Horizon’s Cavorite X5 eVTOL Completes Initial Hover Tests

Aircraft’s hybrid power system offers redundancy and differs from competing pure-electric concepts.

Horizon’s is conducting flight tests with this half-scale prototype called the Cavorite X5. [Courtesy: Horizon Aircraft]

Horizon Aircraft said it completed initial hover testing of a half-scale prototype of its planned hybrid eVTOL aircraft called the Cavorite X5. The company said it expects to begin testing the aircraft in transitions from hover to cruise flight during the first quarter of this year.

Among the many eVTOL designs that startup companies are developing, the Horizon prototype is notable for its hybrid power system that includes electric motors and an internal combustion engine. The company said the redundant power plants increase safety and allow the aircraft to continue operating in the case of certain failures. 

“This aircraft has exceeded expectations during initial hover testing. It is extremely stable, is capable of full hover at only 65 percent power, and has hovered with 20 percent of its fans purposely disabled in order to test system redundancy,” said Brandon Robinson, CEO of Horizon Aircraft. “This is a large-scale aircraft, with a 22-foot wingspan, over 15 feet in length, and capable of speeds over 175 mph. It continues to yield valuable data that is constantly improving our full-scale design.”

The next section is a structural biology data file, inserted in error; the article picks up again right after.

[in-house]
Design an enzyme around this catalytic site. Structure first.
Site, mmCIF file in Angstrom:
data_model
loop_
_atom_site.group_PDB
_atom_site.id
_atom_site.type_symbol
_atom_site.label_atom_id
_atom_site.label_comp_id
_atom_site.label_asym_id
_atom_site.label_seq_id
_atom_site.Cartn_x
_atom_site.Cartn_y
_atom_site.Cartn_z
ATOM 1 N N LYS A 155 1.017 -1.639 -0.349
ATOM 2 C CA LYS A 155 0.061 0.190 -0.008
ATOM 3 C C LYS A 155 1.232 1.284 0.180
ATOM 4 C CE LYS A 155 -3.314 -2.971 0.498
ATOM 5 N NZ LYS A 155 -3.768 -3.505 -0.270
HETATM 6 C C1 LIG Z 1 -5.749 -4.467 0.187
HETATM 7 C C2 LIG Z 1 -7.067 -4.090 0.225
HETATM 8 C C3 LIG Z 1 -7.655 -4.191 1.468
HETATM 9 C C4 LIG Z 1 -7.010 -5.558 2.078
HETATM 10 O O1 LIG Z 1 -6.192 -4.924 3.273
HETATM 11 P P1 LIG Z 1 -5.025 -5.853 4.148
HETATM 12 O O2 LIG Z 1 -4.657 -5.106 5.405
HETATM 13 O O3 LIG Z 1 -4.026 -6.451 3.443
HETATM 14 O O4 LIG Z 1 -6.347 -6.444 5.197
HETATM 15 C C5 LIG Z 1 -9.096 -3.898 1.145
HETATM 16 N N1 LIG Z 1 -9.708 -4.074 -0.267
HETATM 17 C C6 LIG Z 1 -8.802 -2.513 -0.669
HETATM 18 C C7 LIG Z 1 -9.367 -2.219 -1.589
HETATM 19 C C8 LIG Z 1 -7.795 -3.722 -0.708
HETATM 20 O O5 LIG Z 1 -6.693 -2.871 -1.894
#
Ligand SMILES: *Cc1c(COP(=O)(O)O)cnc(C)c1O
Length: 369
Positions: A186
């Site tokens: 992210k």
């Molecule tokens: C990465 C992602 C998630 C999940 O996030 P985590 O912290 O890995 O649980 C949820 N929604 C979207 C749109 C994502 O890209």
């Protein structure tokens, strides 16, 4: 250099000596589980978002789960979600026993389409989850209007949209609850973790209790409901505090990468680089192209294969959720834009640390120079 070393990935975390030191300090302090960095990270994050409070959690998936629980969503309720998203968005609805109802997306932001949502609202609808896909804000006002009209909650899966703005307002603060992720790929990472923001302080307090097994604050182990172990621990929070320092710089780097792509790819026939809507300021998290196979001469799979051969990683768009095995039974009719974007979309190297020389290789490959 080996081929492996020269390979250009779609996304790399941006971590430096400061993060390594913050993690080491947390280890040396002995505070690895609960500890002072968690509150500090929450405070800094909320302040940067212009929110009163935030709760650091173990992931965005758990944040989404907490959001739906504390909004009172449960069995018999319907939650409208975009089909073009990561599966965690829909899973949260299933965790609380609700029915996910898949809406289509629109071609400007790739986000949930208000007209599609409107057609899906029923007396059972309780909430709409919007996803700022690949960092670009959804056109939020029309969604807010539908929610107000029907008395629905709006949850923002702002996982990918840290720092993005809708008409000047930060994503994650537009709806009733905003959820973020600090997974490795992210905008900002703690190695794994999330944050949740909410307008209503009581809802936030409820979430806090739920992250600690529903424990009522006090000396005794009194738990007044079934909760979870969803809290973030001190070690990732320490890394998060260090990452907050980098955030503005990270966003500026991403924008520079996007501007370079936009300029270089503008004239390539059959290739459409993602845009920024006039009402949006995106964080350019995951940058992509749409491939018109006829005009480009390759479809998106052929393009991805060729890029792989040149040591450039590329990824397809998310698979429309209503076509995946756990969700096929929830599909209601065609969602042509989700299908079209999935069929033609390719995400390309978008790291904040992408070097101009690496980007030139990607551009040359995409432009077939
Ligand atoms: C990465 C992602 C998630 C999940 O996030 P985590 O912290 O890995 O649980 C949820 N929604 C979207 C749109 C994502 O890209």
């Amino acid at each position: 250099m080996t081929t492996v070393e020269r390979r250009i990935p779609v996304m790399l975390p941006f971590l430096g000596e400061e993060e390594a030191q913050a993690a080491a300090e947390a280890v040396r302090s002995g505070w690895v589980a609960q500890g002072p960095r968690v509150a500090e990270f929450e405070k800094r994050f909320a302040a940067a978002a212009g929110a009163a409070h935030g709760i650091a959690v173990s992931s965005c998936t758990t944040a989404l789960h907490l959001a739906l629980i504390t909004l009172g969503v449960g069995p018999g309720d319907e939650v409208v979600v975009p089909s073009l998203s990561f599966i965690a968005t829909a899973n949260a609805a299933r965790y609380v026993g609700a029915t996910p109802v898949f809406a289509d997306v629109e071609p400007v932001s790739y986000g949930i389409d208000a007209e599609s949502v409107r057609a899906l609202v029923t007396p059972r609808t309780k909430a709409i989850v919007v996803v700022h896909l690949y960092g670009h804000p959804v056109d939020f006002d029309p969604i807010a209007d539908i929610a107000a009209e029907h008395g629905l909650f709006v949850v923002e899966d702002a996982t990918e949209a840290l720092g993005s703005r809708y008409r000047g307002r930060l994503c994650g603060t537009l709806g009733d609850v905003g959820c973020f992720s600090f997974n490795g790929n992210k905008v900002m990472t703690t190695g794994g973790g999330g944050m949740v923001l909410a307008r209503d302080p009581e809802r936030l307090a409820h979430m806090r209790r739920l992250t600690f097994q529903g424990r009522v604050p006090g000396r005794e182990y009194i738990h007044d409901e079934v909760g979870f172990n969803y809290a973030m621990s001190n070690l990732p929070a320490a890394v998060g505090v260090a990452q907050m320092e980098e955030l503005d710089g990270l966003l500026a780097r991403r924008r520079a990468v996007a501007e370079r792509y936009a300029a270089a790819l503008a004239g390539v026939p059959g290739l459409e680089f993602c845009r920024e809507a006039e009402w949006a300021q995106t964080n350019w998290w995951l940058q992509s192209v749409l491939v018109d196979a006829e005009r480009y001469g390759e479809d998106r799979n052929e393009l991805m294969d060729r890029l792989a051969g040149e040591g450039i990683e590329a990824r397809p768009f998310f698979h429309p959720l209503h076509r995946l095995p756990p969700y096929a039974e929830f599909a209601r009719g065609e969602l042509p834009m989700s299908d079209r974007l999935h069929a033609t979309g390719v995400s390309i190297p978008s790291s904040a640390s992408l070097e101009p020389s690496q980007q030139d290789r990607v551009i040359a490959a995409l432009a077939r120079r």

Horizon said its patented eVTOL design allows the aircraft “to fly 98 percent of its mission in

a very low-drag configuration like a traditional aircraft.” which it said is more efficient than relying more extensively on lift from rotors. Horizon also said its concept will be easier to certify because it operates more like a traditional airplane than competing eVTOL designs.

The company said its full-scale aircraft’s hybrid system will be able to recharge the batteries in flight. The company said it plans to conduct its transition tests at the ACE Climatic Wind Tunnel, part of Ontario Tech University in Ontario, Canada.

Jonathan Welsh is a private pilot who worked as a reporter, editor and columnist with the Wall Street Journal for 21 years, mostly covering the auto industry. His passion for aviation began in childhood with balsa-wood gliders his aunt would buy for him at the corner store. Follow Jonathan on Twitter @JonathanWelsh4

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